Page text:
In the distant, halcyon days when the kids were young, and life was simple and good, we would painstakingly collect coupons from newspapers to enable us to travel to Paris on a shoestring. There, in the Capital of Love, we would subsist on fresh baguettes, cheeses and hams, washed down by cheap wine (for us parents), as we sat by the Seine or up in Montmatre, eating our cheap simple food.
The kids would press their noses against the window of Fauchon, and ooh-ed and aah-ed over the sumptuous and lavish food, but really, we were happy with what we had.
Our only luxury was popping into this local, traditional café that served only one type of casserole a day, be in coq au vin, poulet chasseur or boeuf bourguignon. The casseroles came in cute little individual dishes with unlimited supply of freshly-baked baguette. The stews were always hearty, rich and warmed the soul.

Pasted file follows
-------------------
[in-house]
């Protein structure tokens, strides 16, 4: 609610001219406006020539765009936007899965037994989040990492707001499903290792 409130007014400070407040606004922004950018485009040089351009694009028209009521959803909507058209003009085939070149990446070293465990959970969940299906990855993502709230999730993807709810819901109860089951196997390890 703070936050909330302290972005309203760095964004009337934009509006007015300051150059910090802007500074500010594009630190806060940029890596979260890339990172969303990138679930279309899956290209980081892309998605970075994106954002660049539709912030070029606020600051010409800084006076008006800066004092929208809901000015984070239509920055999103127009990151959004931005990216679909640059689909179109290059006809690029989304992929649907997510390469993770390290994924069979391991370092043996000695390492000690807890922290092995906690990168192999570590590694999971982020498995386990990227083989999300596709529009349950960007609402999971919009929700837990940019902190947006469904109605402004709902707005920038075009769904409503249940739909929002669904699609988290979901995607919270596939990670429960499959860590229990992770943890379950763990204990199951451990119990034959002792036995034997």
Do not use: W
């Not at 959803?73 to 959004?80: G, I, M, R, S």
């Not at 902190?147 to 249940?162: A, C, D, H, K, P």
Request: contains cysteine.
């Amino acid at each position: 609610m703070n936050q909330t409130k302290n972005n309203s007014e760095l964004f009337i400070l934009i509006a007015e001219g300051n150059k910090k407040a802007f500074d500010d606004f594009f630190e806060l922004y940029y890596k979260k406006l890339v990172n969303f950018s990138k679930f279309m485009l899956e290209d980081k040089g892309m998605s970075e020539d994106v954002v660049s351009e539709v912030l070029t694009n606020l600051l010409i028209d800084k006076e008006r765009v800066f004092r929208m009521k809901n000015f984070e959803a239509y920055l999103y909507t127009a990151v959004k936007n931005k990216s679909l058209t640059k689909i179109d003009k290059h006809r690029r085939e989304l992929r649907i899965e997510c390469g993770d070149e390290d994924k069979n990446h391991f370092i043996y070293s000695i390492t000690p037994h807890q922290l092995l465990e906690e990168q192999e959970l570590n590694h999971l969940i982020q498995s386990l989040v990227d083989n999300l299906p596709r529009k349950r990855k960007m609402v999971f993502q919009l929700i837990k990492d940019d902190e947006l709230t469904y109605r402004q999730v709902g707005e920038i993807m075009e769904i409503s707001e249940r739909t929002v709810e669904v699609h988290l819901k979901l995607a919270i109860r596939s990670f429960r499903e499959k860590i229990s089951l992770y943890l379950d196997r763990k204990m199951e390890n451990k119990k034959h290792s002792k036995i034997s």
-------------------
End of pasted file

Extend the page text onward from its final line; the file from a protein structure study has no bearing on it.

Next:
Here’s my version of the classic bourguignon:
Sauté chunks of braising steak (best ones are those with fat on it), chopped onions and whole garlic cloves in LOTS of butter until browned. Add in button mushrooms, carrot chunks and a large apple (or four small ones). Add more butter, homemade stock, one tablespoon of tomato puree and half a bottle of red wine. Throw in a bay leaf, bring to boil and transfer into a slow cooker or a rice cooker. Season to taste. Cook until the meat melts in your mouth (it could take hours, but that’s it about slow-food, not fast food).
Many years later, we returned to Paris. We could afford lunch at Fauchon by then, but we went looking instead for that sweet cafe. Sadly, it wasn’t there by then, but here’s my homage to Paris in the Nineties.